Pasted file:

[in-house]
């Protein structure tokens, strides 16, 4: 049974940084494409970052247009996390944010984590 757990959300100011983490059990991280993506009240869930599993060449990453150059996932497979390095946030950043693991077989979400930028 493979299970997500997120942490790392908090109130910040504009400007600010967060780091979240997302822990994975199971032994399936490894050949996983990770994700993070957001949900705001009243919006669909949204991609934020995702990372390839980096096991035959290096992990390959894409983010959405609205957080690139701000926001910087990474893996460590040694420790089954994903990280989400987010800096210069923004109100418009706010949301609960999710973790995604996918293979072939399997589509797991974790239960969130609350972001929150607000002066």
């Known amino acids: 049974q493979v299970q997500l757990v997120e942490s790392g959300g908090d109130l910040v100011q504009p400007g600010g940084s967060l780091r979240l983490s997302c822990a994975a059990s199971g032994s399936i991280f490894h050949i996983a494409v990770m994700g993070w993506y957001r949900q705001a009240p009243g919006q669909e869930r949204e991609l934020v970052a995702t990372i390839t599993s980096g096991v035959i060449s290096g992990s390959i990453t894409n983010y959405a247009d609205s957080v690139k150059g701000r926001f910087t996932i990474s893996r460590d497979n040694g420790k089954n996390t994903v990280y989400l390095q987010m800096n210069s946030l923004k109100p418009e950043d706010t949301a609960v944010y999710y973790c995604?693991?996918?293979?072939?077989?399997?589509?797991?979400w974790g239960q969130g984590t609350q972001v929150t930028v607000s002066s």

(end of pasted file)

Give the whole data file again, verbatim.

[in-house]
């Protein structure tokens, strides 16, 4: 049974940084494409970052247009996390944010984590 757990959300100011983490059990991280993506009240869930599993060449990453150059996932497979390095946030950043693991077989979400930028 493979299970997500997120942490790392908090109130910040504009400007600010967060780091979240997302822990994975199971032994399936490894050949996983990770994700993070957001949900705001009243919006669909949204991609934020995702990372390839980096096991035959290096992990390959894409983010959405609205957080690139701000926001910087990474893996460590040694420790089954994903990280989400987010800096210069923004109100418009706010949301609960999710973790995604996918293979072939399997589509797991974790239960969130609350972001929150607000002066």
């Known amino acids: 049974q493979v299970q997500l757990v997120e942490s790392g959300g908090d109130l910040v100011q504009p400007g600010g940084s967060l780091r979240l983490s997302c822990a994975a059990s199971g032994s399936i991280f490894h050949i996983a494409v990770m994700g993070w993506y957001r949900q705001a009240p009243g919006q669909e869930r949204e991609l934020v970052a995702t990372i390839t599993s980096g096991v035959i060449s290096g992990s390959i990453t894409n983010y959405a247009d609205s957080v690139k150059g701000r926001f910087t996932i990474s893996r460590d497979n040694g420790k089954n996390t994903v990280y989400l390095q987010m800096n210069s946030l923004k109100p418009e950043d706010t949301a609960v944010y999710y973790c995604?693991?996918?293979?072939?077989?399997?589509?797991?979400w974790g239960q969130g984590t609350q972001v929150t930028v607000s002066s």